Tesla’s New Battery Accelerates Electric Cars To Mind-Blowing Speed

Tesla’s new battery, packed with 100kwh power that makes its Model S P100D with Ludicrous mode run at a mind-blowing speed of 60 mph in 2.5 seconds (never mind its Model X, which runs at the same speed in 2.9 seconds), is certainly something to deal with, at least for Porsche and Ferrari, if they want their gasoline-powered hypercars to keep their lead in the race.

When CEO Elon Musk showed up at a press conference on Tuesday afternoon to announce the secret behind his tie-breaker in the race, which is no other than Tesla’s new battery, he must have got something to brag about.

“It’s quite a historical milestone that the fastest car in the world of any kind is electric. I think that really says something about where the future is headed,” Musk said, addressing a group of journalists, as reported by Benjamin Zhang of Business Insider.

What he had to say further might have even sounded somewhat sarcastic and prophetic.

“In the future we are going to look at gasoline cars the same way we look a steam engine today. Like they are quaint, but it’s not really how you get around.”

A blog post on Tesla’s official website is more specific and straightforward, not mincing any words to make it clear, for its competitors to hear, that it’s all about Tesla’s new battery.

“The Model S P100D with Ludicrous mode is the third fastest accelerating production car ever produced, with a 0-60 mph time of 2.5 seconds. However, both the LaFerrari and the Porsche 918 Spyder were limited run, million dollar vehicles and cannot be bought new. While those cars are small two seaters with very little luggage space, the pure electric, all-wheel drive Model S P100D has four doors, seats up to 5 adults plus 2 children and has exceptional cargo capacity.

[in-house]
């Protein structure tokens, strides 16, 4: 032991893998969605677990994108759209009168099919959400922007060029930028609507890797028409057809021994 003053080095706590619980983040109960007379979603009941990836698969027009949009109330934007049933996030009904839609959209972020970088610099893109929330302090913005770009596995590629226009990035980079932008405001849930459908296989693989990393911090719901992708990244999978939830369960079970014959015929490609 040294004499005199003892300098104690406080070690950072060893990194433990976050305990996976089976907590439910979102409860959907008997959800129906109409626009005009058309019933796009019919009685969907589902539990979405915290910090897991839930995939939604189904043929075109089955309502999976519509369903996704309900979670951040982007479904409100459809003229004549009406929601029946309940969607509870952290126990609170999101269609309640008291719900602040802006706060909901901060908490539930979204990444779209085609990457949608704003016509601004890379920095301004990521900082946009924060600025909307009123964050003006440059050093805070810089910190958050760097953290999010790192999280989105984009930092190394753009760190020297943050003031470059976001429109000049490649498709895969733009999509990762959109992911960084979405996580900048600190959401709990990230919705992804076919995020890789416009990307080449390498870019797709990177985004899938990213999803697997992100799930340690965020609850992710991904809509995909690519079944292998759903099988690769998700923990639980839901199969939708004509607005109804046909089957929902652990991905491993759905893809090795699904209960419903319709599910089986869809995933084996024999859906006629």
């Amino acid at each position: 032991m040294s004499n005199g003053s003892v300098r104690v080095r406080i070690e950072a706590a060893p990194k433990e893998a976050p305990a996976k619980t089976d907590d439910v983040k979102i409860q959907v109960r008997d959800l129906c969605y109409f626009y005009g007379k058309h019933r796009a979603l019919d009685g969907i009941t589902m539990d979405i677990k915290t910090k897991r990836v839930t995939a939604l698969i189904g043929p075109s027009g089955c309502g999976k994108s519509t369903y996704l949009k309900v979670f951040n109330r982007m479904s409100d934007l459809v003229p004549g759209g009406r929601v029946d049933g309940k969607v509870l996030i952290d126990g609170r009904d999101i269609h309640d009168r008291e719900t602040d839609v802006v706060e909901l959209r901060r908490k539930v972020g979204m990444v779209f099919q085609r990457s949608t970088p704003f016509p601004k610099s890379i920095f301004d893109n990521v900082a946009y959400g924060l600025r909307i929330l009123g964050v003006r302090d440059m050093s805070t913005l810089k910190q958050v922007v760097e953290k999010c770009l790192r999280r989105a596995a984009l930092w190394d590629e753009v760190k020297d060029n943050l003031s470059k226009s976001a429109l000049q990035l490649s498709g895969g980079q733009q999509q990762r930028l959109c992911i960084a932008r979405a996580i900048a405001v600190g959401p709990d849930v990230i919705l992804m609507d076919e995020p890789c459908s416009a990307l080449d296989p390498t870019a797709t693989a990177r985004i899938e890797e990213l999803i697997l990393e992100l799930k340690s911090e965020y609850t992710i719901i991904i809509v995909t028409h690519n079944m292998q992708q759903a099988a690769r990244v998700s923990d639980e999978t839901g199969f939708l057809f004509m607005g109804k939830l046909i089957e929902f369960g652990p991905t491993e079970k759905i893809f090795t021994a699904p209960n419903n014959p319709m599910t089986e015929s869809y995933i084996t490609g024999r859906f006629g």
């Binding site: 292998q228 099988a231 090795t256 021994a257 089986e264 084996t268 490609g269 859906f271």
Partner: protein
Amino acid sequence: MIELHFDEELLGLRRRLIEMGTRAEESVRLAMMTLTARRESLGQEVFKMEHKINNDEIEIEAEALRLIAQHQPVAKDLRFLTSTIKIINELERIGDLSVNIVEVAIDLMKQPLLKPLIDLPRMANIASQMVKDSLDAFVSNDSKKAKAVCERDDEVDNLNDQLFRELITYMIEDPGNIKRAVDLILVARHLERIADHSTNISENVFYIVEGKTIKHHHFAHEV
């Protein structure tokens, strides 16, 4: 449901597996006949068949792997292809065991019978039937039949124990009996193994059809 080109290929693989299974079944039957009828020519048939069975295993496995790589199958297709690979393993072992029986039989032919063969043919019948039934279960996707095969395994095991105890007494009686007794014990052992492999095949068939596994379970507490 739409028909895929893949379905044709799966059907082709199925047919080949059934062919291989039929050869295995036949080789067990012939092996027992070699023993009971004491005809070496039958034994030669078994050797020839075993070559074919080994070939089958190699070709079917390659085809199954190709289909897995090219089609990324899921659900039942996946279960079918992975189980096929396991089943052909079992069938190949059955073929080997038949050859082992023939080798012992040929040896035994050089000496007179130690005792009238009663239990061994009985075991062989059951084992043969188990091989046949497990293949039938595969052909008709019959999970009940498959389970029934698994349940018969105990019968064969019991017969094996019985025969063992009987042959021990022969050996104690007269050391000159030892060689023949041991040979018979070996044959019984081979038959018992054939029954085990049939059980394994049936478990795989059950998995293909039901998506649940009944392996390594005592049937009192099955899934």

“The 100 kWh battery also increases range substantially to an estimated 315 miles on the EPA cycle and 613 km on the EU cycle, making it the first to go beyond 300 miles and the longest range production electric vehicle by far.”

A Tesla electric-powered sedan stands at a Tesla charging station at a highway rest stop along the A7 highway on June 11, 2015, near Rieden, Germany. [Photo by Sean Gallup/Getty Images]

The same goes with Model X, which, also powered by Tesla’s new battery, is the world’s fastest SUV that not only runs at 60 mph in 2.9 seconds but also “travels up to 289 miles EPA estimated and 542 km EU on a single charge.”

But taken at a larger perspective in view of plummeting fuel prices and soaring SUV sales over the past two years, as Zhang noted, not everything is good news for Musk and Tesla and other electric car makers and dealers.

Add to this the fact that “many of the generous government incentives and lease deals that drive electric-car sales have also dried up,” as Zhang put it into perspective, there should be no reason to wonder why “sales of battery-electric cars have tanked.”

Today’s wavering consumers’ behavior is also telling. Those who once put their faith in a new breed of carmakers who promise to give them a petroleum-free world are now faltering and are not likely to be impressed by Tesla’s new battery.

As Zhang put it, “Even though all of the major automakers around the world are working on pure battery-electric cars, few have bet the farm on battery technology.”

Tesla CEO Elon Musk speaks during an event to launch the new Tesla Model X Crossover SUV on September 29, 2015, in Fremont, California. [Photo by Justin Sullivan/Getty Images]

Kelly Blue Book editor Karl Bauer agrees, telling CNBC that Tesla’s battery pack “is unlikely to boost sales much, when existing drivers are being charged $20,000 for the upgrade.”

Tesla’s Model S, priced at $134,500, and Model X, at $135,500, compared to Ferrari’s $1.4 million LaFerrari, Porsche’s $845,000 918 Spyder, may look competitive in terms of price and speed at first blush. But as Bauer has it, that doesn’t make sense if “owners of earlier models will be able to buy the better specs for $20,000, while those who currently have a vehicle on order will pay $10,000.”

“It’s an impressive acceleration and range number [but] it doesn’t apply to most Americans out there,” Bauer told CNBC.

If that is the case, Tesla’s new battery, regardless of how it has impressively boosted electric cars’ speed at a mind-blowing 60 mph in 2.5 seconds, is no big deal.

[Photo by Marcio Jose Sanchez/AP Images]

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